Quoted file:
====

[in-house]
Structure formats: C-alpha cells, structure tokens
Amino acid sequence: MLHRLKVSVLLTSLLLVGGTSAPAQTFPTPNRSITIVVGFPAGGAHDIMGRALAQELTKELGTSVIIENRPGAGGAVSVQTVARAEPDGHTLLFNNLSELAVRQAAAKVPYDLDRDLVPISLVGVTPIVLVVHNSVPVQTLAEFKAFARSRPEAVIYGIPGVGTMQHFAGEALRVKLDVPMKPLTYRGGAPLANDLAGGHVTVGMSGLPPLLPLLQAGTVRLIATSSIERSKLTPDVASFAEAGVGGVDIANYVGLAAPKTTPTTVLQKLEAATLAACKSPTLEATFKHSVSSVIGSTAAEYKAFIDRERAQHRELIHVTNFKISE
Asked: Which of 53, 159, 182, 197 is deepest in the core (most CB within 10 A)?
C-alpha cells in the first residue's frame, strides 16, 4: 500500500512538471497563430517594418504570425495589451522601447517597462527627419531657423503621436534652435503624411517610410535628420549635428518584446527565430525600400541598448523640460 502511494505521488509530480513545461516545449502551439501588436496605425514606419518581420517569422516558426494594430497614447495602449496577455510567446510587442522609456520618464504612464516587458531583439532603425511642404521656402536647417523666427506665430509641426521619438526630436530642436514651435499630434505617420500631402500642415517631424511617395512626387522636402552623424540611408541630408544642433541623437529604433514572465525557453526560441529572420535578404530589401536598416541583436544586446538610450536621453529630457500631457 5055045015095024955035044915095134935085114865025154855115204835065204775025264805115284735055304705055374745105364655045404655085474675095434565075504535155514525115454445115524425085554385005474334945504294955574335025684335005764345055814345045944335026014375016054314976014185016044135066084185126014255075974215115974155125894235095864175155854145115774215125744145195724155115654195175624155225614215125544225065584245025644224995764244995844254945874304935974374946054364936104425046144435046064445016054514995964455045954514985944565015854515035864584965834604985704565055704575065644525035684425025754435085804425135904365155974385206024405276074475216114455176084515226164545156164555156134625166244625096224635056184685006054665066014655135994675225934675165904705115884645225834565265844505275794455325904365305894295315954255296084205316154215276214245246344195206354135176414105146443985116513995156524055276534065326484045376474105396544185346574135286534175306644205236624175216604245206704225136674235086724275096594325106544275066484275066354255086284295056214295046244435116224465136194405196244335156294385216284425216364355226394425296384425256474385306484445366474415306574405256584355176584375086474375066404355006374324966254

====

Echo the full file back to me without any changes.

[in-house]
Structure formats: C-alpha cells, structure tokens
Amino acid sequence: MLHRLKVSVLLTSLLLVGGTSAPAQTFPTPNRSITIVVGFPAGGAHDIMGRALAQELTKELGTSVIIENRPGAGGAVSVQTVARAEPDGHTLLFNNLSELAVRQAAAKVPYDLDRDLVPISLVGVTPIVLVVHNSVPVQTLAEFKAFARSRPEAVIYGIPGVGTMQHFAGEALRVKLDVPMKPLTYRGGAPLANDLAGGHVTVGMSGLPPLLPLLQAGTVRLIATSSIERSKLTPDVASFAEAGVGGVDIANYVGLAAPKTTPTTVLQKLEAATLAACKSPTLEATFKHSVSSVIGSTAAEYKAFIDRERAQHRELIHVTNFKISE
Asked: Which of 53, 159, 182, 197 is deepest in the core (most CB within 10 A)?
C-alpha cells in the first residue's frame, strides 16, 4: 500500500512538471497563430517594418504570425495589451522601447517597462527627419531657423503621436534652435503624411517610410535628420549635428518584446527565430525600400541598448523640460 502511494505521488509530480513545461516545449502551439501588436496605425514606419518581420517569422516558426494594430497614447495602449496577455510567446510587442522609456520618464504612464516587458531583439532603425511642404521656402536647417523666427506665430509641426521619438526630436530642436514651435499630434505617420500631402500642415517631424511617395512626387522636402552623424540611408541630408544642433541623437529604433514572465525557453526560441529572420535578404530589401536598416541583436544586446538610450536621453529630457500631457 5055045015095024955035044915095134935085114865025154855115204835065204775025264805115284735055304705055374745105364655045404655085474675095434565075504535155514525115454445115524425085554385005474334945504294955574335025684335005764345055814345045944335026014375016054314976014185016044135066084185126014255075974215115974155125894235095864175155854145115774215125744145195724155115654195175624155225614215125544225065584245025644224995764244995844254945874304935974374946054364936104425046144435046064445016054514995964455045954514985944565015854515035864584965834604985704565055704575065644525035684425025754435085804425135904365155974385206024405276074475216114455176084515226164545156164555156134625166244625096224635056184685006054665066014655135994675225934675165904705115884645225834565265844505275794455325904365305894295315954255296084205316154215276214245246344195206354135176414105146443985116513995156524055276534065326484045376474105396544185346574135286534175306644205236624175216604245206704225136674235086724275096594325106544275066484275066354255086284295056214295046244435116224465136194405196244335156294385216284425216364355226394425296384425256474385306484445366474415306574405256584355176584375086474375066404355006374324966254